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Quality requires iteration

You’re not going to get it right the first time. You might not even get it right the second time. But if you iterate enough, you’re going to find a good solution.

Too often I catch myself overanalyzing the first pass at a problem. I spend too much time thinking about how the whole system needs to work, or all of the edge cases that need to be addressed, and trying to plan the Perfect™ solution.

But it is never the case that plan A is the final solution. So why spend so much time agonizing over the first attempt?

Think about the problem that you need to solve, sure. Consider the edge cases that come to mind, definitely. Then move quickly on to building something.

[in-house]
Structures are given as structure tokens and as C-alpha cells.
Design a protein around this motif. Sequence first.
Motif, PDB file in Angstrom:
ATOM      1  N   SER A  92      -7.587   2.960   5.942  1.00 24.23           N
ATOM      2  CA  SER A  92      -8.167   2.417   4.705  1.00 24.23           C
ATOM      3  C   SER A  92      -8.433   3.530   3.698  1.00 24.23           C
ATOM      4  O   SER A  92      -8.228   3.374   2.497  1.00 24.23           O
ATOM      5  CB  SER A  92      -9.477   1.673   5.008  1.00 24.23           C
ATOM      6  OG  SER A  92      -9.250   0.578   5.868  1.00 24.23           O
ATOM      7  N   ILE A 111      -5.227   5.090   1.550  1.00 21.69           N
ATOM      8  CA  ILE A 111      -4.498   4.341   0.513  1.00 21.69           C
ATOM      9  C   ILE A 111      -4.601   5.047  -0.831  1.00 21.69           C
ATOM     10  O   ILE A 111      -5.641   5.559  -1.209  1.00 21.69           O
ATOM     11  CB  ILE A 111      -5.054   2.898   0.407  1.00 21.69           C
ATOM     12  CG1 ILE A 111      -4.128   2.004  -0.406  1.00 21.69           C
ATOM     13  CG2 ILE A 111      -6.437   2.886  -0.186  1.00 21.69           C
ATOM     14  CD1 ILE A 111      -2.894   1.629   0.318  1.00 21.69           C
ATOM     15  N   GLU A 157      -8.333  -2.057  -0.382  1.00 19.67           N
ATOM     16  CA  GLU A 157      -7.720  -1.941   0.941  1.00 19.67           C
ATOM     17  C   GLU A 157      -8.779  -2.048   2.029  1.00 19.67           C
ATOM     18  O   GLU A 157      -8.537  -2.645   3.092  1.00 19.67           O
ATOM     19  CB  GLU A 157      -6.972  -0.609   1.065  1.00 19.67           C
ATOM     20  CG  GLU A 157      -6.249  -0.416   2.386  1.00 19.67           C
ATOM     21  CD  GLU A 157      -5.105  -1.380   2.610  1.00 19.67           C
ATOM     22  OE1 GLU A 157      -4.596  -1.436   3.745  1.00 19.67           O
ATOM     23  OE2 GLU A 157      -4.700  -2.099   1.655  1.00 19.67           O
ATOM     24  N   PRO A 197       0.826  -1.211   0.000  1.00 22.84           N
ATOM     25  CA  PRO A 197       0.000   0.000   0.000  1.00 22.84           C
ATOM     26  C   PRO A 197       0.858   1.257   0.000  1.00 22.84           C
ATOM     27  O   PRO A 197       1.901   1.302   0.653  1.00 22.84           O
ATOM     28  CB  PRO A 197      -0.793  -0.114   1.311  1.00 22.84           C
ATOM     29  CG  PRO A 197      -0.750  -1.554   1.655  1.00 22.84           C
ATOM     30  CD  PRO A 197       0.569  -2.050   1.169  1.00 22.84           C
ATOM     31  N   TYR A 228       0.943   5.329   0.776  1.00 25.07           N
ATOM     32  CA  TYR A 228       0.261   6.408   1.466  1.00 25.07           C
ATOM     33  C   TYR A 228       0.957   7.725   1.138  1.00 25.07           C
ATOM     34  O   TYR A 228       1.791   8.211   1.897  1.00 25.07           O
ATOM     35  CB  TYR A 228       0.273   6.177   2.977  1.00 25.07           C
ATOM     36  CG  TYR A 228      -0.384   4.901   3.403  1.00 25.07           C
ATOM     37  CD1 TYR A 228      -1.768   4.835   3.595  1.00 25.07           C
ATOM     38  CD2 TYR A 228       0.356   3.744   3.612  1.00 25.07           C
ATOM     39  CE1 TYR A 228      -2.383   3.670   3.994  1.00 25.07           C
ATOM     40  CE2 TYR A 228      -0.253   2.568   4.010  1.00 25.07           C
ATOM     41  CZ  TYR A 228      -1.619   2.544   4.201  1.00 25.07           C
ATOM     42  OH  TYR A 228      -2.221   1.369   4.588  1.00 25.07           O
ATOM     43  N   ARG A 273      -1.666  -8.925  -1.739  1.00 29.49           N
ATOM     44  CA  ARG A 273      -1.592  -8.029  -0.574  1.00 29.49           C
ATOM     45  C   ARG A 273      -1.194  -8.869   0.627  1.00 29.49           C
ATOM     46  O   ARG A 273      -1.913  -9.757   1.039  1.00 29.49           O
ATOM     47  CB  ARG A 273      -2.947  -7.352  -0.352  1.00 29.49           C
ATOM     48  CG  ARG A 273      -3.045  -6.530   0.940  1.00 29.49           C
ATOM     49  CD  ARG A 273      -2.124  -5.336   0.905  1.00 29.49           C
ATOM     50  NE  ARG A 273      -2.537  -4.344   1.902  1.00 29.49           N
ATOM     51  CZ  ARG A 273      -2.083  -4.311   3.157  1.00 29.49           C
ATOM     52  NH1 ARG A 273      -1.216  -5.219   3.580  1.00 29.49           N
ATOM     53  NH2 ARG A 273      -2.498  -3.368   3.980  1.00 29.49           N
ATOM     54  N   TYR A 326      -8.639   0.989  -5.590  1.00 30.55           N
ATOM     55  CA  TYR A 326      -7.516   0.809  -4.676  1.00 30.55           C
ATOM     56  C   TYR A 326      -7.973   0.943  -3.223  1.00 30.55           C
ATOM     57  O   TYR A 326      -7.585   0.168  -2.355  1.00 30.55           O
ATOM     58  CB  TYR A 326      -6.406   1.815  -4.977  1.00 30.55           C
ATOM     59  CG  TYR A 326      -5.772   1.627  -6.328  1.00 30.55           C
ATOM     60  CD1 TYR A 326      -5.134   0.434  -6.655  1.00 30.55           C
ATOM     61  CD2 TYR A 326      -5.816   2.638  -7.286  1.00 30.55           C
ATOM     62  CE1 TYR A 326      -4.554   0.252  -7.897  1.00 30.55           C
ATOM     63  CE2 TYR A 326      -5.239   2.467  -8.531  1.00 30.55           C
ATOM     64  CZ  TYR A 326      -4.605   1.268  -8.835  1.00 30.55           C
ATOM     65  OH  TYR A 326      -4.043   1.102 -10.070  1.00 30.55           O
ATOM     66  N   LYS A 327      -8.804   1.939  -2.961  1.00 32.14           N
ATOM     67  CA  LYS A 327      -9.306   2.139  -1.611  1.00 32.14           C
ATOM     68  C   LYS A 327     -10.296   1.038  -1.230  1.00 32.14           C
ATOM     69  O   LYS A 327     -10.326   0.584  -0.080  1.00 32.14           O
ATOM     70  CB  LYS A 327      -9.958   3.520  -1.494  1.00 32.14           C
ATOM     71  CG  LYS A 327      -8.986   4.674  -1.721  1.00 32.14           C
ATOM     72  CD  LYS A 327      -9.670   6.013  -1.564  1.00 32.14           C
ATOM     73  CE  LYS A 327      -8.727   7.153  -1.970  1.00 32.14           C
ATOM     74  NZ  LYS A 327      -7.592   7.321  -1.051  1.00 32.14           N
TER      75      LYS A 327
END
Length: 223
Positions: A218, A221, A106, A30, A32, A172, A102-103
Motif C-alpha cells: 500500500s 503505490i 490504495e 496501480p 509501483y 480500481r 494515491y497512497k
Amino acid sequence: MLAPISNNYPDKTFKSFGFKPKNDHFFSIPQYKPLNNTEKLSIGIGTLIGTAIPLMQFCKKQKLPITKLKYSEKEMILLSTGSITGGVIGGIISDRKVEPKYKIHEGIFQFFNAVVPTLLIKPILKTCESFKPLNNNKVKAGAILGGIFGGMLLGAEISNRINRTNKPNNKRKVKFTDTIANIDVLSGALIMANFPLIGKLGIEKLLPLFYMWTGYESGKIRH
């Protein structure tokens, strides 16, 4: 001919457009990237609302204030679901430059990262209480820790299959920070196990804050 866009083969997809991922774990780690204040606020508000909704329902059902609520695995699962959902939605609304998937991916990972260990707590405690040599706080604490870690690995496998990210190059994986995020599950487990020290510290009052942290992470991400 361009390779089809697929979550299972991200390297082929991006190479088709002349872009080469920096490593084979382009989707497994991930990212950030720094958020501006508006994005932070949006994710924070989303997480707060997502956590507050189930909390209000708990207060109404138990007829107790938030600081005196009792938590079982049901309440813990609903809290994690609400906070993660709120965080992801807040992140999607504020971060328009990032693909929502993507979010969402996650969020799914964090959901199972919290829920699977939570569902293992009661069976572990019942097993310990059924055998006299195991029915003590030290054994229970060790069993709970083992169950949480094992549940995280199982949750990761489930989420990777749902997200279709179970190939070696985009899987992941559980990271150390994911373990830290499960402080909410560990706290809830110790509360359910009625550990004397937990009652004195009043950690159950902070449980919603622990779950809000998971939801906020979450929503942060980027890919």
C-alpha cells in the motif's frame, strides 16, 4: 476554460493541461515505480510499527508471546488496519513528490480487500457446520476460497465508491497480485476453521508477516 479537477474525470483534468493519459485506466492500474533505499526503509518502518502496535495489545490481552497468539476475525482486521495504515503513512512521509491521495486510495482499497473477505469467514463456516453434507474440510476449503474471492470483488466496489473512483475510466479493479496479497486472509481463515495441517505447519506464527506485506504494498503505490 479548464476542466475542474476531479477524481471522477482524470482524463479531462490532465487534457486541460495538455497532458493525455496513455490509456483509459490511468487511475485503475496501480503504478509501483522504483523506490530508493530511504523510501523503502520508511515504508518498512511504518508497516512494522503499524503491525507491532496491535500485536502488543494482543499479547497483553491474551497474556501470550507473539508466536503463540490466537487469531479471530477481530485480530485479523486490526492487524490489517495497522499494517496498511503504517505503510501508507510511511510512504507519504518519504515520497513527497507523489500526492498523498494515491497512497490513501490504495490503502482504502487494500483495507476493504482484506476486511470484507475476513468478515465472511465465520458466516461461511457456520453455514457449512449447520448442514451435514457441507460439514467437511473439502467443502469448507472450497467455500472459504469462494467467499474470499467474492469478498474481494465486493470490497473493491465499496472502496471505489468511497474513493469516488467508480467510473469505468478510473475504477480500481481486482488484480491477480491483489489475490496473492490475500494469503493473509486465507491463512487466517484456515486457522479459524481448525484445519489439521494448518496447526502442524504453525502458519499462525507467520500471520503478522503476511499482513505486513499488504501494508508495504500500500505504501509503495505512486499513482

Write a function once to figure out how it needs to work, and then write it again now that you know more.

Throw a bunch of messy components in a single file while you figure out what the UI requires and how you can compose them. Then refactor and move things into their own files (with individual stories and tests).

If you have time, iterate again… and maybe again. Each pass should get faster and more direct, because your knowledge of the problem is increasing the the picture of the solution is growing more clear.

Plan to make several attempts at the solution. Plan to delete what you’ve written. Plan for several rounds of code review. Plan to plan less up front and more as you go.

Quality in programming requires iterations. So lean into it.